CCR is different in that our research and facilitation enables people to explain and re-frame their world-views; helping them to take up other perspectives. This is an approach that taps into empathy and in doing so re-frames situations, freeing them up for new forms of action to emerge.
HOW ARE OUR ASSUMPTIONS PLAYING OUT?
COUNCILLORS AS THE ONLY ENTRY-POINT ARE INSUFFICIENT.
CCR had originally assumed that we could focus on the Councillors, prove that the Councillor Connect service was of value to them, and then use that to leverage the interest of public servants in a service that would help police and social welfare officers to better act on cases of child abuse.
The trajectory of change is not quite so simple; because whilst public servants are not the direct beneficiaries of the current Councillor Connect service it is evident that they cannot be side-lined until proof of concept has been achieved. CCR needs to work in parallel with both groups, and if can’t directly provide the tech to public servants at the very least CCR needs to understand their worldview and build positive relationships with them.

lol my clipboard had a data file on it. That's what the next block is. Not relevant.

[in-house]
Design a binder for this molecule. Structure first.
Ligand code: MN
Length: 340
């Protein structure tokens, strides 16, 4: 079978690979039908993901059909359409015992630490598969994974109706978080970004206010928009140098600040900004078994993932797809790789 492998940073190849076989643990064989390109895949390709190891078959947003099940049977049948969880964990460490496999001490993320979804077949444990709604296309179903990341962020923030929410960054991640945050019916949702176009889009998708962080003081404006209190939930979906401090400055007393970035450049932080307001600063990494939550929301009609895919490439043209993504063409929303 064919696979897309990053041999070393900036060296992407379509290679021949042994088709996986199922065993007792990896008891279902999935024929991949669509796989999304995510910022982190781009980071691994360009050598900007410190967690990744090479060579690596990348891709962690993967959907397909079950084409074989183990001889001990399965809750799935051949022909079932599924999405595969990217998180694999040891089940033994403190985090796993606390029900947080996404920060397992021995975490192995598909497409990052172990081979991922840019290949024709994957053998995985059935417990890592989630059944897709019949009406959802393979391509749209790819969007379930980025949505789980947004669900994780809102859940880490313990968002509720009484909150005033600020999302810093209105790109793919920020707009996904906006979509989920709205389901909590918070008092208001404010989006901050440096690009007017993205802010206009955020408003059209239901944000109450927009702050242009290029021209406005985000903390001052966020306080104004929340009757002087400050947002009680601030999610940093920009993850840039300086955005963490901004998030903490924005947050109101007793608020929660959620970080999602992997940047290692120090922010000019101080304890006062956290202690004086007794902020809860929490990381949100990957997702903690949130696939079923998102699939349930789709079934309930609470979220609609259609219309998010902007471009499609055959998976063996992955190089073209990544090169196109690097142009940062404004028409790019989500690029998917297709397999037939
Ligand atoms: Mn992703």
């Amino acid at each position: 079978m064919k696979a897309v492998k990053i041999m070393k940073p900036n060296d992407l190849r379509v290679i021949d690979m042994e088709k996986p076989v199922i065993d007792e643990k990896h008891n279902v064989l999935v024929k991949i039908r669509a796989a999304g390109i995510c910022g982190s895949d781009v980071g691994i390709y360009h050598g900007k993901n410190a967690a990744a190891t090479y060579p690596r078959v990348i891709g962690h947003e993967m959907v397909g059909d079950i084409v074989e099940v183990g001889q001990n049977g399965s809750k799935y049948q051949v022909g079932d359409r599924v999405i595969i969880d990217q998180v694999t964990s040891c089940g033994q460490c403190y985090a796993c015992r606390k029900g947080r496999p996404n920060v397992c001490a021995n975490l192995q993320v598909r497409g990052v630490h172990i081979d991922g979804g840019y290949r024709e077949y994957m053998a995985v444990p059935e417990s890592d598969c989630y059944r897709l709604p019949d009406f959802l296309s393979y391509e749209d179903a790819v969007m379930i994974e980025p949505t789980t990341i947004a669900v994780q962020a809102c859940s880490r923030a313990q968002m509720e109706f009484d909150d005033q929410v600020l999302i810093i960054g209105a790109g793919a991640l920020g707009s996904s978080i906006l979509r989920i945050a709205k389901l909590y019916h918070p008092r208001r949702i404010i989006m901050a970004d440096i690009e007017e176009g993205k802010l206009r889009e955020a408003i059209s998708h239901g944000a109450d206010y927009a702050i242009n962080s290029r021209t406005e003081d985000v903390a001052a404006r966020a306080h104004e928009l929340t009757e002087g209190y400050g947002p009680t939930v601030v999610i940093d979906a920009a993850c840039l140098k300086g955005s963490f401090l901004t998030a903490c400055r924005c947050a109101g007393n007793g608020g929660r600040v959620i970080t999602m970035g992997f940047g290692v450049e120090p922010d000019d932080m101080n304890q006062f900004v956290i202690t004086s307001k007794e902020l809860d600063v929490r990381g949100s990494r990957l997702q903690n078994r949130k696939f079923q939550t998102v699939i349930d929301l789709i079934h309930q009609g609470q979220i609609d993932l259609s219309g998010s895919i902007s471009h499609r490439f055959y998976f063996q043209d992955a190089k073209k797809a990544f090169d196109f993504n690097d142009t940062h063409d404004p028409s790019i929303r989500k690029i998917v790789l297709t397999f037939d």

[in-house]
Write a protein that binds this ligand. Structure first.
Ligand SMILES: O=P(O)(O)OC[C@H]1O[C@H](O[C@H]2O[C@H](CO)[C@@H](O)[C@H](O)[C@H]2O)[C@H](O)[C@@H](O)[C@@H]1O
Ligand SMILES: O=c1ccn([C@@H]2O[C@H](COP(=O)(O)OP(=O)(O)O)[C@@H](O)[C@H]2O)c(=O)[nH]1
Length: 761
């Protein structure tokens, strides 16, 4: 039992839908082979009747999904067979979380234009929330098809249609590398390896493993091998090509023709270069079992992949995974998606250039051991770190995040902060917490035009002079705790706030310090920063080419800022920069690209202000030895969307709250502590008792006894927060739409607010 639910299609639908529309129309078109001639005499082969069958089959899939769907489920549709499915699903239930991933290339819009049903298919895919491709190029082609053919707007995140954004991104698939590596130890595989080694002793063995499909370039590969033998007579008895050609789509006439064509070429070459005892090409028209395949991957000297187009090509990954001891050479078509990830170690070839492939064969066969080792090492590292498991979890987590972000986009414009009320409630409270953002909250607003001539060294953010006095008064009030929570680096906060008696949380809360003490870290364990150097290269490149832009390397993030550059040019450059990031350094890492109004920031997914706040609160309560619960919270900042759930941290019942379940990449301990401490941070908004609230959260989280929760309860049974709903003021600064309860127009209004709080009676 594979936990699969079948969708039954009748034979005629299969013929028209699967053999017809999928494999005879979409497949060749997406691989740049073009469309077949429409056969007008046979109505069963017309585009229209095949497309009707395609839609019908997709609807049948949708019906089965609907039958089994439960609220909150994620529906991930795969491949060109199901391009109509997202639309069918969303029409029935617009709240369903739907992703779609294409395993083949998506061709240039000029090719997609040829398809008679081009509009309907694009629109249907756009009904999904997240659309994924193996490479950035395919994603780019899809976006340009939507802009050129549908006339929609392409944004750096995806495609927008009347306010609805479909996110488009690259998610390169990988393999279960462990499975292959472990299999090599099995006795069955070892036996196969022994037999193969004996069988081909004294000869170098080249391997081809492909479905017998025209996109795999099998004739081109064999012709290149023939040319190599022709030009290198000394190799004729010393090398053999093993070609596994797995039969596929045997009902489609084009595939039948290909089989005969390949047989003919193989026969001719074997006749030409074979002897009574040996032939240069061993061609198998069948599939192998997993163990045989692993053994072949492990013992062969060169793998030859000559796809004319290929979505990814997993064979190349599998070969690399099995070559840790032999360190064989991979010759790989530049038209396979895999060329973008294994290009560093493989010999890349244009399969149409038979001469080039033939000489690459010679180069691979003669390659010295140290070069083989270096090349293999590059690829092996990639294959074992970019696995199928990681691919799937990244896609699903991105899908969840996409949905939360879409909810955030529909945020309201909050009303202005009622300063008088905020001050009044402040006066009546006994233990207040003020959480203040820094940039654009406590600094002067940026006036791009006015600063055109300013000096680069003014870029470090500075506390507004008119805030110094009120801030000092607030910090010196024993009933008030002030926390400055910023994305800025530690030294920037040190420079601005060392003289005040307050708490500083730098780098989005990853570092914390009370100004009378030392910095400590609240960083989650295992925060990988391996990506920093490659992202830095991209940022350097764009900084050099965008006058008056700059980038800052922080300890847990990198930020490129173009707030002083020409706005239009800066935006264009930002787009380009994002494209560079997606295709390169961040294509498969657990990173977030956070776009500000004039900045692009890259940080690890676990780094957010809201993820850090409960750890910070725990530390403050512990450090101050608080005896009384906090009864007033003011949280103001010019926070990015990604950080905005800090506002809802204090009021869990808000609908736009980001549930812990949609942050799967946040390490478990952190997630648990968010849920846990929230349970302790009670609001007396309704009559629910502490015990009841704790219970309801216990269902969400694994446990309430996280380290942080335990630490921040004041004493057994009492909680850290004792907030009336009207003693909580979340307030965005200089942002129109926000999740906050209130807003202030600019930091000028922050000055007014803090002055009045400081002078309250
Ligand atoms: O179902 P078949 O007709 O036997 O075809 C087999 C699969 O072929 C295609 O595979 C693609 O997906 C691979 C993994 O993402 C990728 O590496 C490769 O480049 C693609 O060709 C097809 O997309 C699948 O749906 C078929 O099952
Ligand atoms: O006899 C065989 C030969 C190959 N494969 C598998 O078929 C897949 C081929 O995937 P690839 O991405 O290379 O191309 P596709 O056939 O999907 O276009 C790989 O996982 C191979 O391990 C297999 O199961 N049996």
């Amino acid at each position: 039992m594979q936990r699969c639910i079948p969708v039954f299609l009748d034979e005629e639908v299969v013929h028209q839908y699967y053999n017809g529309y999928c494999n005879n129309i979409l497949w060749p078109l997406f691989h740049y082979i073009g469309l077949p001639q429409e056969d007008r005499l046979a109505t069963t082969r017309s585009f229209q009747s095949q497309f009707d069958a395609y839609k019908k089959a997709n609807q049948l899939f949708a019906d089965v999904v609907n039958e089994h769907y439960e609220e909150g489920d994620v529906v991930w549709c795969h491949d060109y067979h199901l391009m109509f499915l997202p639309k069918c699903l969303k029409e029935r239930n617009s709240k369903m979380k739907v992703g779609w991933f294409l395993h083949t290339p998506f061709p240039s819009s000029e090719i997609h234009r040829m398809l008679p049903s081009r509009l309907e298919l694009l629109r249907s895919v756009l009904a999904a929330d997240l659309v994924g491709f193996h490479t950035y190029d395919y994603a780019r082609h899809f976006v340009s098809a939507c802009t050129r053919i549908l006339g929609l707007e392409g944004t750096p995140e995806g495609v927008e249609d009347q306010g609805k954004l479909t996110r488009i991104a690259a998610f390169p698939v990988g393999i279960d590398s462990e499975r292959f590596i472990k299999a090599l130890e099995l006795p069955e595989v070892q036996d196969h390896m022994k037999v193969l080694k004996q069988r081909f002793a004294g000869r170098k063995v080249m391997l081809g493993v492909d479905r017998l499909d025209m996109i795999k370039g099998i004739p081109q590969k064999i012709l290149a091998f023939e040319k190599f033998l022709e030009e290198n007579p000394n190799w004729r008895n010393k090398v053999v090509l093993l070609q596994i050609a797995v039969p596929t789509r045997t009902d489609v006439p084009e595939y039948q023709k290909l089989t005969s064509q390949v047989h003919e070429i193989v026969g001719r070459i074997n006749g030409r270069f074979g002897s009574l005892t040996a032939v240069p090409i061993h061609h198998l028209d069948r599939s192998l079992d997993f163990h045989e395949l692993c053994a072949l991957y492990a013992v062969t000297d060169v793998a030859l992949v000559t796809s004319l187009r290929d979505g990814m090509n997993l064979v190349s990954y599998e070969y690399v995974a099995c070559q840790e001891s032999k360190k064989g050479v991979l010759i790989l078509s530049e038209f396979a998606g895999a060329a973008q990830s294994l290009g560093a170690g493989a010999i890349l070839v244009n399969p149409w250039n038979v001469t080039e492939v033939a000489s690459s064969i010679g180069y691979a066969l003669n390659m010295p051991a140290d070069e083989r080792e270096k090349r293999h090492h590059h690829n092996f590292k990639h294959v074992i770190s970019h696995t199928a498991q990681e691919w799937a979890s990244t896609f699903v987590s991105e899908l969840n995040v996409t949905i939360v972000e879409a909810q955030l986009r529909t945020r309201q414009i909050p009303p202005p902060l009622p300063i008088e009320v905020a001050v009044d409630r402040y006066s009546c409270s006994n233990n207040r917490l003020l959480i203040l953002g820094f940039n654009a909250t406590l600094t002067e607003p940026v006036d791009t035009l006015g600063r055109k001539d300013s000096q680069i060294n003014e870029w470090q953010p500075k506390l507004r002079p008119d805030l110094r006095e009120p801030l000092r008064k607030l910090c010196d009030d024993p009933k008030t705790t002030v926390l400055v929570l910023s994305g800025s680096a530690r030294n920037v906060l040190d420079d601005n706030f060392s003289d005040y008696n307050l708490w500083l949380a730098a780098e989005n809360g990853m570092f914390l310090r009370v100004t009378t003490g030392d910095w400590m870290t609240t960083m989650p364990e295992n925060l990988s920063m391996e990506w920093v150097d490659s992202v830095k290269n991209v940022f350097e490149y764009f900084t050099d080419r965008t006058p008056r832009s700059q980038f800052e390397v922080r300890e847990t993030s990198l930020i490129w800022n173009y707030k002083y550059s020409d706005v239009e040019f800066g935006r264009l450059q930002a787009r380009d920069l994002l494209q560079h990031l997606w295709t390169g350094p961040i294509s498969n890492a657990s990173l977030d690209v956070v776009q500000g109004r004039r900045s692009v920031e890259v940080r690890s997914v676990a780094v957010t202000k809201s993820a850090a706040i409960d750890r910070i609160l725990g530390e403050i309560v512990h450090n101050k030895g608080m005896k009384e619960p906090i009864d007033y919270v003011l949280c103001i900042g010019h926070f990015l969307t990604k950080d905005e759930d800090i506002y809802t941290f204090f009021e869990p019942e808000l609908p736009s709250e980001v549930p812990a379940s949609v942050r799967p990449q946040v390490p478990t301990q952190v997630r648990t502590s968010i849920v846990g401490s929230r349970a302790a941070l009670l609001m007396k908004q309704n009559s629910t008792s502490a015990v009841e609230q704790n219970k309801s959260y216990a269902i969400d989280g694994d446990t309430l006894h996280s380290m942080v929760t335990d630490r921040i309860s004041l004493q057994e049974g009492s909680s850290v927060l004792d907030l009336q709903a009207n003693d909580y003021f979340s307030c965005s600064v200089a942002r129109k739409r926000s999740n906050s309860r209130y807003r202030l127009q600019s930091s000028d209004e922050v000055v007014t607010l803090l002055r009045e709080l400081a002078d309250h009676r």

TECH IN ISOLATION CANNOT EVOLVE PEOPLE’S MORAL DEVELOPMENT.
CCR is essentially about human development. Our theory of change contends that if we want more people to protect children it is necessary to evolve people’s moral development from a concern with “me” to a concern with “we”. Everything that we do is founded on the intent to move people up the ladder of moral development.
Moral development happens in relationship, and whilst the tech can connect citizens and councillors and seed a relationship, we still need the wider deliberative dialogue, and mentoring to create and sustain the human connection from which moral evolution occurs.